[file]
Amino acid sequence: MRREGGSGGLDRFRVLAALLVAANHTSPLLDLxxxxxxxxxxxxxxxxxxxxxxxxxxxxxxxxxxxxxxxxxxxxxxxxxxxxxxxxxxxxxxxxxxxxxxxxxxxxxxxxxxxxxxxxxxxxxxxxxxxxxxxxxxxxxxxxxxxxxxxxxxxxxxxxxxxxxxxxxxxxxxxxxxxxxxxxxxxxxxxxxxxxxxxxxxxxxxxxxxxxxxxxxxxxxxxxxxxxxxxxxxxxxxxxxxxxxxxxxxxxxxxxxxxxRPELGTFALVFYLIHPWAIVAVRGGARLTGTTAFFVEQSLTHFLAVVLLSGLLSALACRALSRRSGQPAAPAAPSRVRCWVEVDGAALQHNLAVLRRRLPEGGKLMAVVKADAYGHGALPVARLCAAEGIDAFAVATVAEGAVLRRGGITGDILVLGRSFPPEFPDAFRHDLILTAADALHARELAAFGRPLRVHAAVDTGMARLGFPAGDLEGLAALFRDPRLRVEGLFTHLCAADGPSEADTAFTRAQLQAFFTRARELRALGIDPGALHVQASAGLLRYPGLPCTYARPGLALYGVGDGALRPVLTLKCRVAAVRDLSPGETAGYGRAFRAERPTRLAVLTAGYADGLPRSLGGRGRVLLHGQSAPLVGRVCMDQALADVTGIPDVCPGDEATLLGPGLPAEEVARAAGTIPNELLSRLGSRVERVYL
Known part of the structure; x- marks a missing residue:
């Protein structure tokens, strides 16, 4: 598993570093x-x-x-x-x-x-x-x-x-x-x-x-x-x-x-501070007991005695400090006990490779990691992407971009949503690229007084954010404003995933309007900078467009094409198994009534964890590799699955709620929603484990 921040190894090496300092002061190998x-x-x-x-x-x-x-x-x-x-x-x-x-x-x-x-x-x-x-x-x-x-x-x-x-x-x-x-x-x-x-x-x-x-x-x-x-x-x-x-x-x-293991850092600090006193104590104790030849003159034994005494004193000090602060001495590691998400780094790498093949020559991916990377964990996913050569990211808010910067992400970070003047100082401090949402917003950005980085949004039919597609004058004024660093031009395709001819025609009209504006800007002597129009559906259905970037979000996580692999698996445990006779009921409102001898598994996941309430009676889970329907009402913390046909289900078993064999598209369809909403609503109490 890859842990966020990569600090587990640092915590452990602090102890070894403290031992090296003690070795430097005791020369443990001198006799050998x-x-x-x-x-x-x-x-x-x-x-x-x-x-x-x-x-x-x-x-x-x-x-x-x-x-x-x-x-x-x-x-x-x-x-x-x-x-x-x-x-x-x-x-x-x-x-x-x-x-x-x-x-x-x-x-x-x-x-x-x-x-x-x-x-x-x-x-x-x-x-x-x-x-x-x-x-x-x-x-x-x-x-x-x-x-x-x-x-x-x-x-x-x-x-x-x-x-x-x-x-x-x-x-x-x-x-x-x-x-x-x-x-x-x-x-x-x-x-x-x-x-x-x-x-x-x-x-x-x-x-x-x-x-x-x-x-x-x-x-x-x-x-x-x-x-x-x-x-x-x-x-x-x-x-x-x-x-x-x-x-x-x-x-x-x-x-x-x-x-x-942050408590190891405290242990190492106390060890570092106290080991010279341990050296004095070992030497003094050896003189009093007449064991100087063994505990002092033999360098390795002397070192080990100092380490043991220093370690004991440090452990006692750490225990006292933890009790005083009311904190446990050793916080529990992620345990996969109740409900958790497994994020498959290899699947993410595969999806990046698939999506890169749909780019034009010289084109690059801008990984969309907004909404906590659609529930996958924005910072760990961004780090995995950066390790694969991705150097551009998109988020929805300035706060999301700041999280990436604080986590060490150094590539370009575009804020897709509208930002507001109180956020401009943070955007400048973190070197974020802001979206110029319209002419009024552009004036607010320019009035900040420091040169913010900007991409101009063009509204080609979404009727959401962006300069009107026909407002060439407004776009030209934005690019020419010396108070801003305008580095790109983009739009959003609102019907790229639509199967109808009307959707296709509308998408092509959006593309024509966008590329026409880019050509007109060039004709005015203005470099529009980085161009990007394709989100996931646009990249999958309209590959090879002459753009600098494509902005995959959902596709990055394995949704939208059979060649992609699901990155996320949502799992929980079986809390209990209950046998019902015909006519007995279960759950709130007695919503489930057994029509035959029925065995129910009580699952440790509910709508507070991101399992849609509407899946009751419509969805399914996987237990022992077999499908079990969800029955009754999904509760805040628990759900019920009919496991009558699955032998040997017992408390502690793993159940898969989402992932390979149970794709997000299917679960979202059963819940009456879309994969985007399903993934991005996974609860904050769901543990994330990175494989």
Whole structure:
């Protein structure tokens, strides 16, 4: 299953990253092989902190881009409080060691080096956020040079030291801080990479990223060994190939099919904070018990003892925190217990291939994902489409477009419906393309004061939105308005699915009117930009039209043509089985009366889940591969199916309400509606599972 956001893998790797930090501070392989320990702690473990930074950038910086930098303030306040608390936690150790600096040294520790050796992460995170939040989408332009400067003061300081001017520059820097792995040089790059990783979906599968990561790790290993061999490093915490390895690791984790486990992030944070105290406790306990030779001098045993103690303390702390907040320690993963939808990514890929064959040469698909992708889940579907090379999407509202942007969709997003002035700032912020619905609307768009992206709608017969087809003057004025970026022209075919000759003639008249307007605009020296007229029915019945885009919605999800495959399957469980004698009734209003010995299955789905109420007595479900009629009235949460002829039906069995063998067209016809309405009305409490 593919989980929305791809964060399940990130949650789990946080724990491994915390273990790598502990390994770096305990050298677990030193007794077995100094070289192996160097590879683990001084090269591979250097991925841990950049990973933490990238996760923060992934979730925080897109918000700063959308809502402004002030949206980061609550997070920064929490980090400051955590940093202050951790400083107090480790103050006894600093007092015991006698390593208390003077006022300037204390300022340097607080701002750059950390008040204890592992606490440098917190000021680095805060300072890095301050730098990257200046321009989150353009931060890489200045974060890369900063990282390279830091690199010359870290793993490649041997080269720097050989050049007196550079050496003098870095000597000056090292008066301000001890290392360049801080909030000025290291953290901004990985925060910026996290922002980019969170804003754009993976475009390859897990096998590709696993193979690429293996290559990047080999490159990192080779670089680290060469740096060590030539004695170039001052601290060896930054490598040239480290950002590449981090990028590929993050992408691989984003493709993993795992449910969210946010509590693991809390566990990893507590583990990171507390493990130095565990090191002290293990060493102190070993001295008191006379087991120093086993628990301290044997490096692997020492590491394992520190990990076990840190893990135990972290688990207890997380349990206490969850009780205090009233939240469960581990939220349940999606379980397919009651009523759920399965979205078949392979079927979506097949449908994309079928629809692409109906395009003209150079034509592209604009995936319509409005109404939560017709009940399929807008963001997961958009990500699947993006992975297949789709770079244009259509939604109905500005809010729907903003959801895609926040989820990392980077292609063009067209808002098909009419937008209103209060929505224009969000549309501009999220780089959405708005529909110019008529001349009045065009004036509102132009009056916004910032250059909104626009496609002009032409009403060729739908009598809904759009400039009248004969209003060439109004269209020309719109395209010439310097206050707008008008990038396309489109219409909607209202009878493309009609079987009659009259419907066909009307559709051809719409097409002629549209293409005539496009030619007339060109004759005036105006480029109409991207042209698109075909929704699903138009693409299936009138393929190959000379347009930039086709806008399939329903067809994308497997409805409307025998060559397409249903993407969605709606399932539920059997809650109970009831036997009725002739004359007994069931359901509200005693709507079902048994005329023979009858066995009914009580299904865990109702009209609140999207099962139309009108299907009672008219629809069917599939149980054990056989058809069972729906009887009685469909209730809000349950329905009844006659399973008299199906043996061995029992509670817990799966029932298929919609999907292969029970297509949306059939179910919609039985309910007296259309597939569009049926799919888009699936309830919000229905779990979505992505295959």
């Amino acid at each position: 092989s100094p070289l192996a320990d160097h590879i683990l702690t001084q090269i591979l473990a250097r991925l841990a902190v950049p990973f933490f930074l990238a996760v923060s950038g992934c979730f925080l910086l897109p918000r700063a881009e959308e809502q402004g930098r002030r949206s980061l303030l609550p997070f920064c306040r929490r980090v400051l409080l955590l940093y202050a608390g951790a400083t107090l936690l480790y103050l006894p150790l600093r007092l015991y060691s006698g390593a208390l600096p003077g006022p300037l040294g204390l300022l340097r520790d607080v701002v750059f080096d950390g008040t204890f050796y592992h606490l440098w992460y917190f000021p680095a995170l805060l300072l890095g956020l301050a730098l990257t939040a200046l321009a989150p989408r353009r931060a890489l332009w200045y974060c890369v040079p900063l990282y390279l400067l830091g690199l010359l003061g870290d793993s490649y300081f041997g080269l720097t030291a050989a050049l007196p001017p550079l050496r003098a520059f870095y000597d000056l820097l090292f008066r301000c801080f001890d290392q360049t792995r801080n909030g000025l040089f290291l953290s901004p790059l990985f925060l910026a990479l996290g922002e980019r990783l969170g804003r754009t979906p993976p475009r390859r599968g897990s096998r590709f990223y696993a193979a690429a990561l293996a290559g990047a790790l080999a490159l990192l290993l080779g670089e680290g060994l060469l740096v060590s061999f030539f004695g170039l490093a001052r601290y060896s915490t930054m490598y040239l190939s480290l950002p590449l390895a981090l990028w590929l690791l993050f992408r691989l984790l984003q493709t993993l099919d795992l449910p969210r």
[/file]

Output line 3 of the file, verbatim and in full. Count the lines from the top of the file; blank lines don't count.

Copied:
């Protein structure tokens, strides 16, 4: 598993570093x-x-x-x-x-x-x-x-x-x-x-x-x-x-x-501070007991005695400090006990490779990691992407971009949503690229007084954010404003995933309007900078467009094409198994009534964890590799699955709620929603484990 921040190894090496300092002061190998x-x-x-x-x-x-x-x-x-x-x-x-x-x-x-x-x-x-x-x-x-x-x-x-x-x-x-x-x-x-x-x-x-x-x-x-x-x-x-x-x-x-293991850092600090006193104590104790030849003159034994005494004193000090602060001495590691998400780094790498093949020559991916990377964990996913050569990211808010910067992400970070003047100082401090949402917003950005980085949004039919597609004058004024660093031009395709001819025609009209504006800007002597129009559906259905970037979000996580692999698996445990006779009921409102001898598994996941309430009676889970329907009402913390046909289900078993064999598209369809909403609503109490 890859842990966020990569600090587990640092915590452990602090102890070894403290031992090296003690070795430097005791020369443990001198006799050998x-x-x-x-x-x-x-x-x-x-x-x-x-x-x-x-x-x-x-x-x-x-x-x-x-x-x-x-x-x-x-x-x-x-x-x-x-x-x-x-x-x-x-x-x-x-x-x-x-x-x-x-x-x-x-x-x-x-x-x-x-x-x-x-x-x-x-x-x-x-x-x-x-x-x-x-x-x-x-x-x-x-x-x-x-x-x-x-x-x-x-x-x-x-x-x-x-x-x-x-x-x-x-x-x-x-x-x-x-x-x-x-x-x-x-x-x-x-x-x-x-x-x-x-x-x-x-x-x-x-x-x-x-x-x-x-x-x-x-x-x-x-x-x-x-x-x-x-x-x-x-x-x-x-x-x-x-x-x-x-x-x-x-x-x-x-x-x-x-x-x-942050408590190891405290242990190492106390060890570092106290080991010279341990050296004095070992030497003094050896003189009093007449064991100087063994505990002092033999360098390795002397070192080990100092380490043991220093370690004991440090452990006692750490225990006292933890009790005083009311904190446990050793916080529990992620345990996969109740409900958790497994994020498959290899699947993410595969999806990046698939999506890169749909780019034009010289084109690059801008990984969309907004909404906590659609529930996958924005910072760990961004780090995995950066390790694969991705150097551009998109988020929805300035706060999301700041999280990436604080986590060490150094590539370009575009804020897709509208930002507001109180956020401009943070955007400048973190070197974020802001979206110029319209002419009024552009004036607010320019009035900040420091040169913010900007991409101009063009509204080609979404009727959401962006300069009107026909407002060439407004776009030209934005690019020419010396108070801003305008580095790109983009739009959003609102019907790229639509199967109808009307959707296709509308998408092509959006593309024509966008590329026409880019050509007109060039004709005015203005470099529009980085161009990007394709989100996931646009990249999958309209590959090879002459753009600098494509902005995959959902596709990055394995949704939208059979060649992609699901990155996320949502799992929980079986809390209990209950046998019902015909006519007995279960759950709130007695919503489930057994029509035959029925065995129910009580699952440790509910709508507070991101399992849609509407899946009751419509969805399914996987237990022992077999499908079990969800029955009754999904509760805040628990759900019920009919496991009558699955032998040997017992408390502690793993159940898969989402992932390979149970794709997000299917679960979202059963819940009456879309994969985007399903993934991005996974609860904050769901543990994330990175494989």